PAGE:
When people say they’ve gone for a run, I ask if a predator was chasing them. Say it enough times…

Tiny green sea umbrellas!

Dinovember, when your plastic dinosaurs come to life

An amazing Masterchef parody.

A rabbit with some good life advice

First ever vid of rediscovered moss-mimicking mantis

I hope that Ross Piper’s new coffee-table book on the animal kingdom comes with glossy paper because I intend to drool all over it.

XKCD on dumb articles about how tech will change us

List of eponymous laws

 

Society/internet/journalism

Epic analysis of films that pass/fail the Bechdel test, by year, genre, director, country & more.

“For the First Time Ever, a Prosecutor Will Go to Jail for Wrongfully Convicting an Innocent Man”

Ruin porn resonates with us today because it is an unmediated experience in a mediated culture.”

Competitive laughing? Ironically, this just makes me want to cry

“How feminism hurts men”. A satirical role reversal that shows how ludicrous this sentiment is.

Before Twitter was named “Twitter”, suggestions included Throbber, Smssy, and Friendstalker

Brendan Koerner storyboards his narratives. Here’s how

I like Annalee Newitz’s theory of viral journalism and the “valley of ambiguity”

Man ate dog who saved him from bear.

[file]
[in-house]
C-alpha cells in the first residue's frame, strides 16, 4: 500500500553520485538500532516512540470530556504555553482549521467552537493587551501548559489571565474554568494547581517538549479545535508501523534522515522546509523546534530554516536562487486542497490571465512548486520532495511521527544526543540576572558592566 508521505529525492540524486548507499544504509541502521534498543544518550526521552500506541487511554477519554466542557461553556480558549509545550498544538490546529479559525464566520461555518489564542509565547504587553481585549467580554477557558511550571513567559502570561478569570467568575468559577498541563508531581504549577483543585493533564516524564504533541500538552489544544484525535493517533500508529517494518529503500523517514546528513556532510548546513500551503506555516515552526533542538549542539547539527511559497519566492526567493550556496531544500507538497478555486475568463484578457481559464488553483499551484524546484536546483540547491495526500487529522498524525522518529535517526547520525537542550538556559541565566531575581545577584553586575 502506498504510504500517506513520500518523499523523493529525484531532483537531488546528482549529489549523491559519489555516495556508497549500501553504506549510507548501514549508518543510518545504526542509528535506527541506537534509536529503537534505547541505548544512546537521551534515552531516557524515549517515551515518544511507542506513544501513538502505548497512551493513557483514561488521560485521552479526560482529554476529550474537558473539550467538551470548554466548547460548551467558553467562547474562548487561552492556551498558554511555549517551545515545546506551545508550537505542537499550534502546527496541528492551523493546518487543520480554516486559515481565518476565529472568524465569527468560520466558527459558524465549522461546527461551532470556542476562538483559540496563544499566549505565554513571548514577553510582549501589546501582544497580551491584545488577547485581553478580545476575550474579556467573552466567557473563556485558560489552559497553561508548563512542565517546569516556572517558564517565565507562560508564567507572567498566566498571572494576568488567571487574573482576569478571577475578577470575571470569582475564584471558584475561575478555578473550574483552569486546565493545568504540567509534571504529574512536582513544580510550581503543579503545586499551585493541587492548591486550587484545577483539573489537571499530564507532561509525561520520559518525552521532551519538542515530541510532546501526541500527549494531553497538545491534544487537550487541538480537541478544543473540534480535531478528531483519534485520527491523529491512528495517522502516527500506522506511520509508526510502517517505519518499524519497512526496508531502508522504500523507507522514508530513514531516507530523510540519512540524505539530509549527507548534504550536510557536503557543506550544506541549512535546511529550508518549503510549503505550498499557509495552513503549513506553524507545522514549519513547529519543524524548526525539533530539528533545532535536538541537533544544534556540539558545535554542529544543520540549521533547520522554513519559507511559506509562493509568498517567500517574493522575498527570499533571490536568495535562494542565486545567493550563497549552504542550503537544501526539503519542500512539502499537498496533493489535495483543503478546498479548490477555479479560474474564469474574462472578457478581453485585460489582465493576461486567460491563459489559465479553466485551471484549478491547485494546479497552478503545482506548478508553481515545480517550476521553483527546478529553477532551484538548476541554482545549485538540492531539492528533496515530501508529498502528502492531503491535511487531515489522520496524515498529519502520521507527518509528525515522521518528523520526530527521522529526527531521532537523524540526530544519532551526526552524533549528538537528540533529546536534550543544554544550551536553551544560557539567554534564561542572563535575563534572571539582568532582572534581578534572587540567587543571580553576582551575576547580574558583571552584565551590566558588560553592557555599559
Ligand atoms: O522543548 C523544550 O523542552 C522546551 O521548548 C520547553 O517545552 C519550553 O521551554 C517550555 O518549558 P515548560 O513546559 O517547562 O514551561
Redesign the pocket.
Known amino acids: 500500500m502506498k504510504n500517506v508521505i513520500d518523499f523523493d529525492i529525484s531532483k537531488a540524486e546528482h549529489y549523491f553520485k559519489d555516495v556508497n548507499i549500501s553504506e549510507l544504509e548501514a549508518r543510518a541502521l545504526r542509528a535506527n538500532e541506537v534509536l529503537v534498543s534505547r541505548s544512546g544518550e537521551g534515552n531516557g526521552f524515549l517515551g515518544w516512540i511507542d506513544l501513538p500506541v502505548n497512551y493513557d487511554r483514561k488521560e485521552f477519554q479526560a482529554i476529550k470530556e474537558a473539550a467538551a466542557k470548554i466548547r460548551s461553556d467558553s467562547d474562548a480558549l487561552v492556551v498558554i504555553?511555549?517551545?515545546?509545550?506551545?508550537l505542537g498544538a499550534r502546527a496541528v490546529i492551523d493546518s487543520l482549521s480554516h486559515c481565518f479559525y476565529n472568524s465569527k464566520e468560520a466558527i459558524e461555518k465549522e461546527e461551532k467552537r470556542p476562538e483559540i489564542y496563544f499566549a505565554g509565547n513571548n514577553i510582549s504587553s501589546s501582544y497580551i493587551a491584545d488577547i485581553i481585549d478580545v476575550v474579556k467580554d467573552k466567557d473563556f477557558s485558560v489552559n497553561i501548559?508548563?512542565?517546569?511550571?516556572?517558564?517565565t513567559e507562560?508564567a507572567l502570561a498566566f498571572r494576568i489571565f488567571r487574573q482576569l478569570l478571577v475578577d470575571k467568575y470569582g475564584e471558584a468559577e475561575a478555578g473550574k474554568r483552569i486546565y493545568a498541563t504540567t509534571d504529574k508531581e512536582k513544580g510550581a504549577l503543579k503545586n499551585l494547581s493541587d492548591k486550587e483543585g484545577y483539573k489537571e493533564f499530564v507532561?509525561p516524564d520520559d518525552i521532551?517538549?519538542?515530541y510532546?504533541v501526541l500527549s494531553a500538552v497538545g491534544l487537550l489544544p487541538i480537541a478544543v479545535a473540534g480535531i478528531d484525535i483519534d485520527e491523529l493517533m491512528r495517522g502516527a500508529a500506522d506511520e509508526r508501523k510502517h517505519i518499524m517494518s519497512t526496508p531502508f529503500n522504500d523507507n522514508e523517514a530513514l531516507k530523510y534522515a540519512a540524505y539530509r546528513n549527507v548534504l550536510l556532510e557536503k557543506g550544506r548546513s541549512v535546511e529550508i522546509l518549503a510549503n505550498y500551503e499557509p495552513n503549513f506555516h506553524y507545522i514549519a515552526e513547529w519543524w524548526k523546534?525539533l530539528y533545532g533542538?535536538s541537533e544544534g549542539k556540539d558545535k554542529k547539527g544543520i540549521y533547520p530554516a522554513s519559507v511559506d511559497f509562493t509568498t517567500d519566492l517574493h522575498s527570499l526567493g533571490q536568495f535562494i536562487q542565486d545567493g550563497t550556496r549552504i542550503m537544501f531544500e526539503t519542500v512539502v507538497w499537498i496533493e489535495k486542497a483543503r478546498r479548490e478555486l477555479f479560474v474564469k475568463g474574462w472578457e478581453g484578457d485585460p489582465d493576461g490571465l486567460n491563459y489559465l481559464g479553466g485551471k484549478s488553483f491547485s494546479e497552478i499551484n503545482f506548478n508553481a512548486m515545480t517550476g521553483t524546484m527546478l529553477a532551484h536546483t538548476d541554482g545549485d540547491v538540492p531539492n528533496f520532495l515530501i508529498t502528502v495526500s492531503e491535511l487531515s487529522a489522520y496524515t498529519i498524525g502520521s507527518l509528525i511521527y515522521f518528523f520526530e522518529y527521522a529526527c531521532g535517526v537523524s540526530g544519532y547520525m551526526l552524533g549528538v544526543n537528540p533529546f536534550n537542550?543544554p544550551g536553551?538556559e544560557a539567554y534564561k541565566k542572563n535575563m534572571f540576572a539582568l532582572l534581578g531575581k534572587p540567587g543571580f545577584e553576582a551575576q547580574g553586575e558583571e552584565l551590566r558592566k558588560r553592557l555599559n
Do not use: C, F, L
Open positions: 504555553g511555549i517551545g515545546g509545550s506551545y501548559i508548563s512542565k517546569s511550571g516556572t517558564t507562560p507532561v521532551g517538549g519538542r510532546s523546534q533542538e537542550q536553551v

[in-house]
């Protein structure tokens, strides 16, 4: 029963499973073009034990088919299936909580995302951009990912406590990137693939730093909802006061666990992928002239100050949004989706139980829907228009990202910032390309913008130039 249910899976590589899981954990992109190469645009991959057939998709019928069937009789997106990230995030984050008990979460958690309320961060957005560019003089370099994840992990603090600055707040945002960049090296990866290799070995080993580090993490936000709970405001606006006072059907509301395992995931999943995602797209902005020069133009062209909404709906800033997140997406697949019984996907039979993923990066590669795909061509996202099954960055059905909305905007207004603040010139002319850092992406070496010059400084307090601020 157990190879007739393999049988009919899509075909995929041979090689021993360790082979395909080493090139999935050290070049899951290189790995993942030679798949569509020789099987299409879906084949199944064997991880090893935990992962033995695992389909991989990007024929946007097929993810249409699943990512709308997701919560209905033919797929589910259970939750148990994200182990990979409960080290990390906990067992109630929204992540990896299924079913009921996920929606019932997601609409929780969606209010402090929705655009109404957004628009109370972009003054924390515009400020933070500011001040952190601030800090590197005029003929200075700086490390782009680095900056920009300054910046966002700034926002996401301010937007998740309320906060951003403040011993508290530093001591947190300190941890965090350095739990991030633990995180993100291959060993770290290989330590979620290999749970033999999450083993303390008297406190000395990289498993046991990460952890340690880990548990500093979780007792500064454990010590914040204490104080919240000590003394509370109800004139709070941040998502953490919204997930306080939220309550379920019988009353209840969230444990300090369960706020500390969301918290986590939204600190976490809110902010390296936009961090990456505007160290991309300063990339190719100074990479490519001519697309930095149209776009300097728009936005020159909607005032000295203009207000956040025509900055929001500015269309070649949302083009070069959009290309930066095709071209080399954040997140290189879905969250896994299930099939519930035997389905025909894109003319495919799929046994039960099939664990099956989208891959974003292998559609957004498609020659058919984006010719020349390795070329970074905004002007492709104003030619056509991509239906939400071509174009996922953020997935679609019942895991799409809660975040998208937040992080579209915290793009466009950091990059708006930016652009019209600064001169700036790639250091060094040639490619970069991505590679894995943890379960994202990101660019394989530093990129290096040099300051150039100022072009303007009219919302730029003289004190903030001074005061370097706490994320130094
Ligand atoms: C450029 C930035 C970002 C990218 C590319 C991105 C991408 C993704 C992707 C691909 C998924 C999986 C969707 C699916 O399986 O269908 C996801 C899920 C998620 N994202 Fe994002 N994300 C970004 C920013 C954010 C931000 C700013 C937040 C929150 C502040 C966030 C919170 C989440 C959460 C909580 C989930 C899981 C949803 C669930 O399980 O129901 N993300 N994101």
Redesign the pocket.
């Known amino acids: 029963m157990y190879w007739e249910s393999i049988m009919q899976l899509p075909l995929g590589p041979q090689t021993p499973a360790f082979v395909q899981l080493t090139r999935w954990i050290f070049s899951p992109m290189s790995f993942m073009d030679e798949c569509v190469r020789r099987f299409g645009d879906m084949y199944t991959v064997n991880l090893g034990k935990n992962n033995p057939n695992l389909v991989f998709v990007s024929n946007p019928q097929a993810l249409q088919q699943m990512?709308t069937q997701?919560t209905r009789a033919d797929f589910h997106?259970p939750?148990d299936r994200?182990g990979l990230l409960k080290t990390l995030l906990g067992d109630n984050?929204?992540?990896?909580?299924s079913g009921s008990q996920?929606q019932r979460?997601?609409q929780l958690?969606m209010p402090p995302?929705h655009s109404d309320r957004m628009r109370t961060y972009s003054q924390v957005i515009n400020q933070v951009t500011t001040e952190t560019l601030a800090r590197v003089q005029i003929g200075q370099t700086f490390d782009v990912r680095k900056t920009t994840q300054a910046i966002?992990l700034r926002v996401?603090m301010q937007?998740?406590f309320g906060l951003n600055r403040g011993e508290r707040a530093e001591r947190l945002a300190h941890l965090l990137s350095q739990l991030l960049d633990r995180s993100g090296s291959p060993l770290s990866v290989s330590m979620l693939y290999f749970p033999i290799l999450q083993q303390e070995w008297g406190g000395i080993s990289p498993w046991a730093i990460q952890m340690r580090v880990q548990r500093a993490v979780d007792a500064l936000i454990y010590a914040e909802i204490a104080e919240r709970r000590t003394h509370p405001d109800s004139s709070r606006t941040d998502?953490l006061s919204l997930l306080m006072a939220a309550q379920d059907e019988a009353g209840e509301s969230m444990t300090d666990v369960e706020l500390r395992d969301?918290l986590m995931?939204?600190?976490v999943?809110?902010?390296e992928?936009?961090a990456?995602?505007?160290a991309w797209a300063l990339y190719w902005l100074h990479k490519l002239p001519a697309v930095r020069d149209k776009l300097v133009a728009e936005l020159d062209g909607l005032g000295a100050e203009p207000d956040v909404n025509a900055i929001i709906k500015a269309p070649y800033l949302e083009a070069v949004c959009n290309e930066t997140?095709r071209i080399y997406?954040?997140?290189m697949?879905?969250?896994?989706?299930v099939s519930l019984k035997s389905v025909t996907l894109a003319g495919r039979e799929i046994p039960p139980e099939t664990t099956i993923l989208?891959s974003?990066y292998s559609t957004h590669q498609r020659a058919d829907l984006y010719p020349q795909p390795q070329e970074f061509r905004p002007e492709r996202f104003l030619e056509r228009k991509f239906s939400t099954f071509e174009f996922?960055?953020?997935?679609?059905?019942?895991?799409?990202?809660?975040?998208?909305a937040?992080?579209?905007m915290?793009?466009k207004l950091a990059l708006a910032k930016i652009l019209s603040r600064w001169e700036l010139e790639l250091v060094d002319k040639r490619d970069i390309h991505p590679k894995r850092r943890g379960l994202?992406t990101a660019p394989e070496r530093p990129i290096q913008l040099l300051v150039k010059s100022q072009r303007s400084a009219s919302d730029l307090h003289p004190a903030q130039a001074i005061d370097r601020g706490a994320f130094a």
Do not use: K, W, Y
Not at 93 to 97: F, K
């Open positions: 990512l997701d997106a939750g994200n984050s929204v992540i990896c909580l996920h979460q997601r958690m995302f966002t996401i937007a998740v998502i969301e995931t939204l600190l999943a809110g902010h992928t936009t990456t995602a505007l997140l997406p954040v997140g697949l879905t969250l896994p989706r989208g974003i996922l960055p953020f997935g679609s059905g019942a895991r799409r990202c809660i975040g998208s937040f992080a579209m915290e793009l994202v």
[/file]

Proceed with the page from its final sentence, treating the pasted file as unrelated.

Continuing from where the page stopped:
Look, a shadowy cabal that decides whether buildings are tall. They’ve just decided on this.

Soon, you won’t need Internet access to read Wikipedia. You can get it by text message.

Aeon are making documentaries now?!? Is there no stopping those fine people?

The world’s oddest jobs, including a dinosaur duster.

 

 

There are 3 Comments. Add Yours.

  1. Brian Schmidt
    November 16, 2013

    Kevin Bonham’s argument is that if a solution to X does not also solve related problems Y and Z, then the solution to X is useless and shouldn’t be done. Proof: he’s saying that because industrial farming does some bad things, people shouldn’t oppose the introduction of exotic genes into the wild ancestors of domestic plants via GMOs in industrial farming.

    The only way I can understand why Kevin would say such a thing or that Ed would link to it approvingly is that they are so distracted by the many terrible arguments made by anti-GMO opponents that they cannot sort out some obviously valid arguments..

    I hate that I’m ranting over this, given the incredibly good quality of all the other links Ed’s provided to us.

  2. Syd
    November 16, 2013

    It seems the plastic dinosaur link is missing, which is especially troubling since I recently cared for Bruno, the stage right dinosaur, during a production of A Midsummer Night’s Dream.

  3. Walter Andriuzzi
    November 17, 2013

    Nice links as always Ed
    I especially liked Jerry Coyne’s piece. It’s a pity that English, currently the lingua france of science (as well as much else), has this ambiguity in the word “faith”. The confusion Jerry dispels would hardly arise it there were two different but both well-known, commonly used words to separate the two kinds of faith (as in my native language, Italian, where you’d say “Ho *fiducia* nella medicina e ho *fede* in Dio” to say “I have faith in medicine and faith in God”
    -wsa